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At what point is a disability assessed?

Associate Solicitor, Helen Scott

The Employment Appeal Tribunal in the case of Parnaby v Leicester City Council has considered when is the right time to assess whether someone has a disability.

Background

The Claimant worked for Leicester City Council as head caretaker at the Leicester Creative Business Depot. He suffered from two periods of work-related stress, which led to him being absent for a long period on two occasions. The first absence was a month long and the second was 7 months long. As a result of these absences, the Respondent dismissed the Claimant on the grounds of capability.

The Claimant brought claims to the Employment Tribunal, including for disability discrimination on the basis that his condition amounted to a disability under the Equality Act 2010.

The Law

A person is considered disabled under the Equality Act 2010 if they have a physical or mental impairment that has a long term substantial adverse impact on their ability to carry out day-to-day activities.

“Long term” for the purposes of the definition means that the condition has lasted for, or is likely to last for, at least 12 months.  If the impairment ceases to have a substantial adverse effect at any point, it will be treated as continuing to have the effect if the effect is likely to recur. Whether something is likely to recur means it “could well happen”.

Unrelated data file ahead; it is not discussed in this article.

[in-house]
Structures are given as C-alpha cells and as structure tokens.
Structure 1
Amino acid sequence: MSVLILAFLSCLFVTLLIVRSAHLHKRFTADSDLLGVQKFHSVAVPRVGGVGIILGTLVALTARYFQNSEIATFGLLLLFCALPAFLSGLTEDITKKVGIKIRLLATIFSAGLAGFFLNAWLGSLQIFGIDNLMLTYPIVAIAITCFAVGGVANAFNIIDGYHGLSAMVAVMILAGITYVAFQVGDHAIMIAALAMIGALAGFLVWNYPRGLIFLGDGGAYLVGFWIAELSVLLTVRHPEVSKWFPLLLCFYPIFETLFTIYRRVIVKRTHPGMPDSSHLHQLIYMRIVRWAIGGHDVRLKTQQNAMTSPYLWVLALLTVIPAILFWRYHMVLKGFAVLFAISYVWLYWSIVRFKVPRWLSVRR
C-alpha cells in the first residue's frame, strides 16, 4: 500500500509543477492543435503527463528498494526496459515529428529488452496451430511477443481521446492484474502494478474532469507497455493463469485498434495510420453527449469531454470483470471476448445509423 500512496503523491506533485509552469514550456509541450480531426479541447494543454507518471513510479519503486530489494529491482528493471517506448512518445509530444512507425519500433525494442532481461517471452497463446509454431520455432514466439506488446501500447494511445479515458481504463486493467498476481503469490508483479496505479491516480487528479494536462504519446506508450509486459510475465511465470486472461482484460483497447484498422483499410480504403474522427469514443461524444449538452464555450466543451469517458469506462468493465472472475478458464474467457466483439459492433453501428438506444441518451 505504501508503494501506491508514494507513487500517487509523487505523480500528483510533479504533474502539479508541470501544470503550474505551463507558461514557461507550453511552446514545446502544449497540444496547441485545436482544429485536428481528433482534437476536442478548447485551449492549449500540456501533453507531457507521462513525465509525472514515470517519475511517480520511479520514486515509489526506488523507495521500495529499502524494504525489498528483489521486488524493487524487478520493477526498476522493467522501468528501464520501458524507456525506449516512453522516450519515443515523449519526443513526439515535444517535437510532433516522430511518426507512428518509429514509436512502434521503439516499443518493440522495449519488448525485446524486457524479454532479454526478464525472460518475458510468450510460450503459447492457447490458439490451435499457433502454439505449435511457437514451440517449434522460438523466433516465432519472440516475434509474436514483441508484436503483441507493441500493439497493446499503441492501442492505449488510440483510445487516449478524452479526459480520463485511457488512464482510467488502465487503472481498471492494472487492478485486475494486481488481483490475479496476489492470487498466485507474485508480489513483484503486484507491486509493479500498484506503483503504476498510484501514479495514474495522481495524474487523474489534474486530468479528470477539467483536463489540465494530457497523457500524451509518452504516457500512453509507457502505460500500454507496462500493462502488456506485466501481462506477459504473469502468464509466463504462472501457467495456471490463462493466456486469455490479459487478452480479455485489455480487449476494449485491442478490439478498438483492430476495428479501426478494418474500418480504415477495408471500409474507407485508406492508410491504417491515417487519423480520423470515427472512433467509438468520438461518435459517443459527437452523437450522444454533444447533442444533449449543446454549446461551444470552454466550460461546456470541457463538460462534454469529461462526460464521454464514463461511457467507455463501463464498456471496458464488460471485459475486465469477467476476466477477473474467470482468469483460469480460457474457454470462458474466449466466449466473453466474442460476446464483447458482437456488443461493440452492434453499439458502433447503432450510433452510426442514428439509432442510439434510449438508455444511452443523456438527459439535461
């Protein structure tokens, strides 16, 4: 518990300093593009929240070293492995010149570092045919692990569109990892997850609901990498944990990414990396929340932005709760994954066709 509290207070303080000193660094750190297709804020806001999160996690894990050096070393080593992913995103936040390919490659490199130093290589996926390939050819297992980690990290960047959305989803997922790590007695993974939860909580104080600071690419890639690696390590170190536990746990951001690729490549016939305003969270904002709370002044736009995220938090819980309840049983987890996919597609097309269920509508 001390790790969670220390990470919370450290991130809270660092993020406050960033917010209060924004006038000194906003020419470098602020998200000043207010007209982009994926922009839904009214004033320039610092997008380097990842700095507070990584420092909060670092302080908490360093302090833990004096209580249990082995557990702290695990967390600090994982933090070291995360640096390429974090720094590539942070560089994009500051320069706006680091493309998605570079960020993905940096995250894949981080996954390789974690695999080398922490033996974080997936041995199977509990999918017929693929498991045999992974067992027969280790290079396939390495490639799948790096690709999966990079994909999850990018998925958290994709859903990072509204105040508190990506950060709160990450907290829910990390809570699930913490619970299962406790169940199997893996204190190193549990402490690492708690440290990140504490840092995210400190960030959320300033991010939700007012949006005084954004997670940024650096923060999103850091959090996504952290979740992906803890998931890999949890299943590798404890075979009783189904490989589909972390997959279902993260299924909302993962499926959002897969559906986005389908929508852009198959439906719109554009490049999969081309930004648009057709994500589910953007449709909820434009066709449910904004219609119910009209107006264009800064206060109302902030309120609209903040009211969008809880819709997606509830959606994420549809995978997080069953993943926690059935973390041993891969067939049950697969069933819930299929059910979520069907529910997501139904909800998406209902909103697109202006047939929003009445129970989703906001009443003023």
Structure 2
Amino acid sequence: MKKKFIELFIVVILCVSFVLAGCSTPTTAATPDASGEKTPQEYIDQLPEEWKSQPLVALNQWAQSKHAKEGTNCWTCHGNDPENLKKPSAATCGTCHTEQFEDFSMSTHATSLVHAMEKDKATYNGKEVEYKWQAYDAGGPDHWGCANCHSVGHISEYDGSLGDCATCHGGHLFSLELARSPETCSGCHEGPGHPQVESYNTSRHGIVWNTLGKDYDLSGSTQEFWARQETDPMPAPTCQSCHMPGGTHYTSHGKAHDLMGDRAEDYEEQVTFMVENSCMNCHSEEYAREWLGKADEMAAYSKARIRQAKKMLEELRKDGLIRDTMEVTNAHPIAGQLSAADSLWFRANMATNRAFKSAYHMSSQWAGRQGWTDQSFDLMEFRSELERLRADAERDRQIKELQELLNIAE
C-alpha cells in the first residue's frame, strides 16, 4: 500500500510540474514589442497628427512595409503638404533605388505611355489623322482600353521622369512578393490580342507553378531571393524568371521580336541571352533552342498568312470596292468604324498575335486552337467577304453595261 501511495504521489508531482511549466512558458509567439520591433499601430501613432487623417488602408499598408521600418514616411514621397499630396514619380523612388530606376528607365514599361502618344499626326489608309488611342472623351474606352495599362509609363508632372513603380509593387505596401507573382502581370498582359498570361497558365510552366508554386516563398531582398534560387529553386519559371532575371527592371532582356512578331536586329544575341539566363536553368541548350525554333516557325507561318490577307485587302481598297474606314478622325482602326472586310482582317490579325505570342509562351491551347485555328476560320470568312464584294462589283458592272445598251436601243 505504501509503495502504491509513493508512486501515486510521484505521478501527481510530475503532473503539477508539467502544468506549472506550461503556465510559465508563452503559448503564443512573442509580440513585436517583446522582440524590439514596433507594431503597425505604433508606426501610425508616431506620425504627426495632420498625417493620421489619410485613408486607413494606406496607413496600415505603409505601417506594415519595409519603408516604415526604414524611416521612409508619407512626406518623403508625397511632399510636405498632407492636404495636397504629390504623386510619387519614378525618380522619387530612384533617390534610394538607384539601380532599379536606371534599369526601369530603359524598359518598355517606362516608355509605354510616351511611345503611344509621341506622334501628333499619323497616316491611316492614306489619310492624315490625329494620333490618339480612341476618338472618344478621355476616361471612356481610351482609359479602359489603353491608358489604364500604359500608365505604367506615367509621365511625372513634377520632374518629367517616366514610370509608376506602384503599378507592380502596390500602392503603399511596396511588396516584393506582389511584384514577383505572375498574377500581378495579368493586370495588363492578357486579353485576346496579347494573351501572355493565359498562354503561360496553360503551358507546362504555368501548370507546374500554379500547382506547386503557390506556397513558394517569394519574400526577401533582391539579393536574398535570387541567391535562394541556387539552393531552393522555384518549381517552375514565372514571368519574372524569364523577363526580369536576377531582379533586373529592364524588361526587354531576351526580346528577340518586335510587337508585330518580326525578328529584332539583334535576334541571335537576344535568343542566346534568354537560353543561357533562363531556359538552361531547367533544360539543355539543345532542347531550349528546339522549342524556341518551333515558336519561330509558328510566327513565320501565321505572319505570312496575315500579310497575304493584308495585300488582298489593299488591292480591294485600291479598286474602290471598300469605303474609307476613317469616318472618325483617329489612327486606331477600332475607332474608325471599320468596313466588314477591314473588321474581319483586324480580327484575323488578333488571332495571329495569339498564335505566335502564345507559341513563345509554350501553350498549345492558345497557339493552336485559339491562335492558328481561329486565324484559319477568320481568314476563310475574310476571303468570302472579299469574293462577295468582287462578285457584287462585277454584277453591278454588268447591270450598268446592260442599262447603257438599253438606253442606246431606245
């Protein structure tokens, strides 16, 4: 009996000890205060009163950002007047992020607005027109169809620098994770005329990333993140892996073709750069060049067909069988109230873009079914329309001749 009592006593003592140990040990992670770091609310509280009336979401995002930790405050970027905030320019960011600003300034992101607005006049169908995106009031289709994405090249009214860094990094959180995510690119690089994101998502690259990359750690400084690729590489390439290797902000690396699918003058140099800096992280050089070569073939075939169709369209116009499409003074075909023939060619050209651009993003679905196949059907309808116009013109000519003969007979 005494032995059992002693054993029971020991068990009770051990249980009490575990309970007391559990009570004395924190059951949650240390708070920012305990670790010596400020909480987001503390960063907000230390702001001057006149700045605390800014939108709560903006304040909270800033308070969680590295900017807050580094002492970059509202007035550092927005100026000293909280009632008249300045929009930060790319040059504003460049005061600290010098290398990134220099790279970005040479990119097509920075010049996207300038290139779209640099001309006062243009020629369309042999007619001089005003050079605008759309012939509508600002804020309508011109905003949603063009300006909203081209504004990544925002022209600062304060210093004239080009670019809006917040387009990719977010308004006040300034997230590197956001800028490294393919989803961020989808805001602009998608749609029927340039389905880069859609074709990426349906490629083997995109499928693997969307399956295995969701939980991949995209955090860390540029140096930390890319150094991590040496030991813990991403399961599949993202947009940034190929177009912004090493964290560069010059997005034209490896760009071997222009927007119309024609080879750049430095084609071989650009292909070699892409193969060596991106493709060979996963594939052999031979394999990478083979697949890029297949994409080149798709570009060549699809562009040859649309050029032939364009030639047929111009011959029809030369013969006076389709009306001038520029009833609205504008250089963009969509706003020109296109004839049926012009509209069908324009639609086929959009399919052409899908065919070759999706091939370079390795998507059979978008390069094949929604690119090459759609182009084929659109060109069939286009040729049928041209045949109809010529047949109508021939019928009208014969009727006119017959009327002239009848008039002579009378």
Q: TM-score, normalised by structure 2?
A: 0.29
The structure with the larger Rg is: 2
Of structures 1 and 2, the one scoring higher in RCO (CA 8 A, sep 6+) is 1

Decision

The Employment Tribunal found the Claimant did not have a “disability”. It held that although the Claimant’s condition did have a substantial adverse effect on his ability to carry out day-to-day activities, that it was not long-term because his condition was work related and had improved after the Claimant had been dismissed. The Claimant appealed.

The Employment Appeal Tribunal (“EAT”) upheld the appeal. In disagreeing with the Tribunal, the EAT held that it should have focused on the condition prior to the dismissal when assessing whether it could be considered as “long term” and whether at that point the impairment was likely to last 12 months or might recur in the future. The Tribunal had made an error by looking back at what happened after the relevant acts about which the complaint was made.

The case was remitted to the Tribunal for re-consideration of whether the Claimant’s condition was long-term for the purposes of the Equality Act 2010.

Comment

This case highlights the need for employers to carefully consider an employee’s condition and whether it may amount to a disability. In assessing whether a condition may be long term under the definition of disability, an employer must think about if it may be likely to last for, at least, 12 months, by looking forward at the relevant time.

The EAT’s approach produces a sensible result, as the Tribunal’s decision could have suggested to employers that the correct way to deal with employees who suffer from work related illness is to dismiss them with a view to improving their condition. Evidently, this approach would produce an unfair result for employees.

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